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Tony Fernandes: The man behind AirAsia's revival

By Sharanjit Leyl
BBC Asia Business Report, Singapore

image copyrightReuters

For more than a decade, AirAsia has been the air carrier travellers in Asia look to for booking low-cost flights.

In fact, it spearheaded budget travel in the region at a time when mainly national flag carriers dominated the scene.

AirAsia's brand image is closely tied with its chief executive, Malaysian entrepreneur Tony Fernandes, who took over operations in 2001. Almost always in jeans and an Air Asia cap when interviewed, Mr Fernandes was seen as Malaysia's answer to Richard Branson.

In the same way that Mr Branson took on the dominance of British Airways in the 1980s, Mr Fernandes wanted to compete with established long haul carriers in the region - like Malaysia's own flag carrier, Malaysian Airlines.

I remember interviewing him in 2001 and asked, incredulously, how he planned to start an airline with only two planes.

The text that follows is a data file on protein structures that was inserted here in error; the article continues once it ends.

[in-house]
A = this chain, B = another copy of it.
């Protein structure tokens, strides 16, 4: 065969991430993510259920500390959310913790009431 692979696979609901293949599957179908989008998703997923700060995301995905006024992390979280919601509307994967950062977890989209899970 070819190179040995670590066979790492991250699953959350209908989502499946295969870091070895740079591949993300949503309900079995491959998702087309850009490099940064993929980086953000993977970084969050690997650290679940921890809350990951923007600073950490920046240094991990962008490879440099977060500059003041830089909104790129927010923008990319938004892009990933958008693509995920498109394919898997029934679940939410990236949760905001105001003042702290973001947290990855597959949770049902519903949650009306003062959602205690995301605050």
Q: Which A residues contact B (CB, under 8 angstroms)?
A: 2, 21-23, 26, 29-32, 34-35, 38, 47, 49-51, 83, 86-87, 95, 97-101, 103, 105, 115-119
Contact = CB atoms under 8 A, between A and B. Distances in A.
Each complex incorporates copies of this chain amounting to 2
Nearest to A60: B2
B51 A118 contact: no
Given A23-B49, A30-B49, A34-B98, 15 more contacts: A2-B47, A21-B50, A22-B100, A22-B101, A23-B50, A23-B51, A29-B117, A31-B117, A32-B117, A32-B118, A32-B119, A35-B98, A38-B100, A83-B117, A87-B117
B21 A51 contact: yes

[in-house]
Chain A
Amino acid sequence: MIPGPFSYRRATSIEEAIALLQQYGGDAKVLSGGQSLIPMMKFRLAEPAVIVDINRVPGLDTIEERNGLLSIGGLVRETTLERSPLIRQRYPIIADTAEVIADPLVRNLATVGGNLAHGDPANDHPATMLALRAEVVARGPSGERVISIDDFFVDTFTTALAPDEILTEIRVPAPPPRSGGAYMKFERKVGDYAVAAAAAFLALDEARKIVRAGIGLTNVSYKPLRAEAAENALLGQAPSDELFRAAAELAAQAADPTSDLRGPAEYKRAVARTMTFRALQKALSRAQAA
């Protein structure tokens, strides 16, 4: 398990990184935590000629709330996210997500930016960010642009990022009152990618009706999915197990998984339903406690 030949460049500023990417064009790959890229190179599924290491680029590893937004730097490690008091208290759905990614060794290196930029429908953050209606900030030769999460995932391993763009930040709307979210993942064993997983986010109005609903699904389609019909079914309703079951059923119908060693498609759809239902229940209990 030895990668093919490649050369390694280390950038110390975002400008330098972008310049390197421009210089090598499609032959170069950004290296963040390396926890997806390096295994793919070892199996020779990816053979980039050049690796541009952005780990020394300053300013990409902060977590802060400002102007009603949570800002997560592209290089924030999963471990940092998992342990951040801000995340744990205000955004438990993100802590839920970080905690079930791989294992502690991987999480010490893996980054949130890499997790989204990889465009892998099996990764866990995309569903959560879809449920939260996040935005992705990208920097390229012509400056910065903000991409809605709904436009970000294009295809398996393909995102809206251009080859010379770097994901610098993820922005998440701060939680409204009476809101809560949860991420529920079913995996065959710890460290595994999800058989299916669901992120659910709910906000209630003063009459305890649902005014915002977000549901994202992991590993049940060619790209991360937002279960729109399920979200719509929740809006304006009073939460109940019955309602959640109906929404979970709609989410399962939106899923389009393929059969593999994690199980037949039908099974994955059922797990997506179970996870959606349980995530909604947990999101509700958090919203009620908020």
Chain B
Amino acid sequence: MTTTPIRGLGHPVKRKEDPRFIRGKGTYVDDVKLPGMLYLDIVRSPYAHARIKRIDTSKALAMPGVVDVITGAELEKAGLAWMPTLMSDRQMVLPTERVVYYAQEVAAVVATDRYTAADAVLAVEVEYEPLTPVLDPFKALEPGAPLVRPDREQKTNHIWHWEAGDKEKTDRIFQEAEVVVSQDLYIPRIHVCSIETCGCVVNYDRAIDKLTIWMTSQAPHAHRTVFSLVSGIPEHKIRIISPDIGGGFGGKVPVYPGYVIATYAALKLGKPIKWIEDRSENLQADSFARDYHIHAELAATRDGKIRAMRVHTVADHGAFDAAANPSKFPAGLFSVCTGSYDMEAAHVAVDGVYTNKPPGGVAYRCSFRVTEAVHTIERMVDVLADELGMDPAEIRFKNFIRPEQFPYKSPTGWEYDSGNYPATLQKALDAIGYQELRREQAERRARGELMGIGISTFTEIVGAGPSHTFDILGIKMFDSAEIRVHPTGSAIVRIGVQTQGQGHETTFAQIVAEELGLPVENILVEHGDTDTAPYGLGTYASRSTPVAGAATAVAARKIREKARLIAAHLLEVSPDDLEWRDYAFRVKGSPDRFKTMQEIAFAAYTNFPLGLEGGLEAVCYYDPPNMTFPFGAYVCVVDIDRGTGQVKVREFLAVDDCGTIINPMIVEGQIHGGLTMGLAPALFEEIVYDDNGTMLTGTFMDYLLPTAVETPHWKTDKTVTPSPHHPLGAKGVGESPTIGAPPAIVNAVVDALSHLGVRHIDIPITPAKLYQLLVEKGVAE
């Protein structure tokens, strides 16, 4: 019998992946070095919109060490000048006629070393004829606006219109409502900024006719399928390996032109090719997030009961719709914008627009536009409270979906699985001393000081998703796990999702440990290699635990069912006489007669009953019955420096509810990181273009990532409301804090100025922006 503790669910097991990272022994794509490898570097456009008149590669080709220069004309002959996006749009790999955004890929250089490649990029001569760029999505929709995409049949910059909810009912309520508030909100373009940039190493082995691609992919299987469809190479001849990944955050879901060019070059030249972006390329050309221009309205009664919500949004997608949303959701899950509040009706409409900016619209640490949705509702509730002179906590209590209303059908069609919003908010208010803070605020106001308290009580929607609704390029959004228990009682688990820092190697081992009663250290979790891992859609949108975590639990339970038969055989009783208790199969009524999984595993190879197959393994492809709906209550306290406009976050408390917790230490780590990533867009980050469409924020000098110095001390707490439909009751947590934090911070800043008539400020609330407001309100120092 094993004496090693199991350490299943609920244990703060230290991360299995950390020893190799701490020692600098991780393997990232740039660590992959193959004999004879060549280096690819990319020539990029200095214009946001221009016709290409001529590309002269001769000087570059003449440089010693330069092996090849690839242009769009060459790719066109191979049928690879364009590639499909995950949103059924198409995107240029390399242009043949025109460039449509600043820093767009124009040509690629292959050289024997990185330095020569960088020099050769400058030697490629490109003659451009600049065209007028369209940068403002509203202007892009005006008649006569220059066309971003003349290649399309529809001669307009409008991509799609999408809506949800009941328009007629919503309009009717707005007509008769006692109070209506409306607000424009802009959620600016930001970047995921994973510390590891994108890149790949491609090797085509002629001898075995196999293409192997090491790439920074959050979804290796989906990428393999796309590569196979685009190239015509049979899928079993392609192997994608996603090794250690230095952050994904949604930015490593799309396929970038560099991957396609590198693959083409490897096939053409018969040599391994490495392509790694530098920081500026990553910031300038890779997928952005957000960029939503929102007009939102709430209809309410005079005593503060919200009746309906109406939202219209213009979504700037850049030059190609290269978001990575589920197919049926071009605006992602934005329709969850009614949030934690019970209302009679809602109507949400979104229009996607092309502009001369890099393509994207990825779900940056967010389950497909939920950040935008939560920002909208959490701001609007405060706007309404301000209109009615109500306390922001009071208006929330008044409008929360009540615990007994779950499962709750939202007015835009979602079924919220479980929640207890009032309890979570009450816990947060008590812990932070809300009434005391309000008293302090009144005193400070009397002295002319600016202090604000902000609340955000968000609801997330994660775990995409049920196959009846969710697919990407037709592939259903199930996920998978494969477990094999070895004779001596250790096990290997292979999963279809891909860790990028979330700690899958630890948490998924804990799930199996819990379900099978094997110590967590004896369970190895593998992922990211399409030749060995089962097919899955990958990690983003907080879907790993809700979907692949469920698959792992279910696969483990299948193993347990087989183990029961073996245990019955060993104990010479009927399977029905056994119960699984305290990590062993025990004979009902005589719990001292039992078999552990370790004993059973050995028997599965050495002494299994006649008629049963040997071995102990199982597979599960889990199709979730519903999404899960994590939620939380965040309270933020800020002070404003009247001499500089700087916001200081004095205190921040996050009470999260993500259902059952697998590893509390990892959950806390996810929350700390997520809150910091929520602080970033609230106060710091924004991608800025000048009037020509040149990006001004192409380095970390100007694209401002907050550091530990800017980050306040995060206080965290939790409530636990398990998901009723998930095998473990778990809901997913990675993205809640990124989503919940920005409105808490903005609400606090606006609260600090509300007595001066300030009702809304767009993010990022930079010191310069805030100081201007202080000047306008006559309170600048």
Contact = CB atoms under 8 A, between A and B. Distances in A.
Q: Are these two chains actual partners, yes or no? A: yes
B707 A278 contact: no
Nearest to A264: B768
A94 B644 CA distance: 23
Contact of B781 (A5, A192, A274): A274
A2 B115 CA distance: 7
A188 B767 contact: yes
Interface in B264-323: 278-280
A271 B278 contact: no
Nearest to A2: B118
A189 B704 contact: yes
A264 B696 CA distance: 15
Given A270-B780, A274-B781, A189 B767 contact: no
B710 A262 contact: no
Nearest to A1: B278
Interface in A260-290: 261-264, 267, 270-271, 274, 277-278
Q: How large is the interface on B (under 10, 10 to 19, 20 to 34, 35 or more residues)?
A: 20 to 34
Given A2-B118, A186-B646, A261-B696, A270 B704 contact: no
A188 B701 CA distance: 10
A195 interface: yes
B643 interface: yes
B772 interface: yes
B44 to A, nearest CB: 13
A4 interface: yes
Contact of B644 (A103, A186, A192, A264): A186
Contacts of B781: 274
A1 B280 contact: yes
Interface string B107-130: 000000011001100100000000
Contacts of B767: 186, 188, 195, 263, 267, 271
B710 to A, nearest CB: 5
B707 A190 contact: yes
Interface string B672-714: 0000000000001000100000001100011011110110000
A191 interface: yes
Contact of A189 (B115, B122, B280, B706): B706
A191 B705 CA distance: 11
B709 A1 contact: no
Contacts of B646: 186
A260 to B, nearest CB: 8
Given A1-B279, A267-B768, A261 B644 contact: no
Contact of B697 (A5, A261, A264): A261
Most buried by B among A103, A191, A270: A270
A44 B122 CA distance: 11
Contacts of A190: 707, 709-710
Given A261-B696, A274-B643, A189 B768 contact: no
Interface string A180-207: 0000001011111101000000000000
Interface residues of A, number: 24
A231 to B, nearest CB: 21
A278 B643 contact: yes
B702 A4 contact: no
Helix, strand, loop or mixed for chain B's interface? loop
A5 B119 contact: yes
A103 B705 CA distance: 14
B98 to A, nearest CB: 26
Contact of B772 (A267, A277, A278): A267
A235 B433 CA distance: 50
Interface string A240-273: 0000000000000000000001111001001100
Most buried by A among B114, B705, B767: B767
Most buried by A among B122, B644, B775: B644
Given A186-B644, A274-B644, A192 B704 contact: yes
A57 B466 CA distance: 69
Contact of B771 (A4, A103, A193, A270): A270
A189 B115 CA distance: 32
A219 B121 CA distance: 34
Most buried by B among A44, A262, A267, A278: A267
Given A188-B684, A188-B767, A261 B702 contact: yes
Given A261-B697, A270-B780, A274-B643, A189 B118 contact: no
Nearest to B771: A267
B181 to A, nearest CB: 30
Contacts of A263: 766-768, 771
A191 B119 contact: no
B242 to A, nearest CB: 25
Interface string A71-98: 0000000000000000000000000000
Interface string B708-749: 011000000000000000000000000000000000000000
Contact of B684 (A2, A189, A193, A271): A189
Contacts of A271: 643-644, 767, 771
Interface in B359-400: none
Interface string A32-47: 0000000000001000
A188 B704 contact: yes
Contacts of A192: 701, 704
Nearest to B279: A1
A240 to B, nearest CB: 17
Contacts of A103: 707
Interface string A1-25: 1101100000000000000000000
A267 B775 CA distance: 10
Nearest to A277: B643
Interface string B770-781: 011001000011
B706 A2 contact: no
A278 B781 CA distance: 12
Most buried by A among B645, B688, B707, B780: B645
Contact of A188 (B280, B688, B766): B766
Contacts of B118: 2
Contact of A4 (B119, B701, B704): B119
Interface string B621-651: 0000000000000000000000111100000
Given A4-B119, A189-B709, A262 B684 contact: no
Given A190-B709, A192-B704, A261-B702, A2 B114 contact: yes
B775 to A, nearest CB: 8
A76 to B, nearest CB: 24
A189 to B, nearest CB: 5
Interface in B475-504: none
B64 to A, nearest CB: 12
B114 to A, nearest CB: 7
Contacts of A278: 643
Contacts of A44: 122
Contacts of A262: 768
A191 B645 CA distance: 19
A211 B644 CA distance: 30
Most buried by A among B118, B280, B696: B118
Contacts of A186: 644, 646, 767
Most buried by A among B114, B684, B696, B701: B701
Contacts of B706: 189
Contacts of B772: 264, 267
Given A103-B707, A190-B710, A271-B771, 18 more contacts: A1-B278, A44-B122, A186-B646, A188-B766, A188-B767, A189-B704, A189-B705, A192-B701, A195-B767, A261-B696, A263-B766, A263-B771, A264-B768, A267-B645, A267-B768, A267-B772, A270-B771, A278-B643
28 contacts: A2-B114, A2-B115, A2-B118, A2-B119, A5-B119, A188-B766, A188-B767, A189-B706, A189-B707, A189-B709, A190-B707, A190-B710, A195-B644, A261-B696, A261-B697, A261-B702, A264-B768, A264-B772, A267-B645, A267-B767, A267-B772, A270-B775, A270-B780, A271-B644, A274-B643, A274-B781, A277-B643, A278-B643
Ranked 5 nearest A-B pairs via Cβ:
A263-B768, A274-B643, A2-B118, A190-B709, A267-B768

Fourteen years later, the airline operates more than 80 planes through its main brand alone, and flies to 100 destinations around the region.

When AirAsia first started flights to Singapore, it used an advertising line targeted at Singapore Airlines. "There's a new girl in town" featured AirAsia stewardesses in their red uniforms and cheekily poked fun at Singapore Airlines' long-time advertisement featuring the Singapore Girl.

In 2007, I interviewed Mr Fernandes again, this time in his home in a posh Kuala Lumpur neighbourhood. The interview focused on expansion plans, but what I was struck by was how ordinary and middle class his home seemed. His children were in the background watching TV.

He's listed as one of the richest men in Malaysia and has always been adept at spinning his marketing message out to the media. With this plane's disappearance, he's wasted no time in tweeting out messages of support to the family and has already arrived in Surabaya along with members of the Indonesian affiliate of AirAsia.

Related Topics

  • Malaysia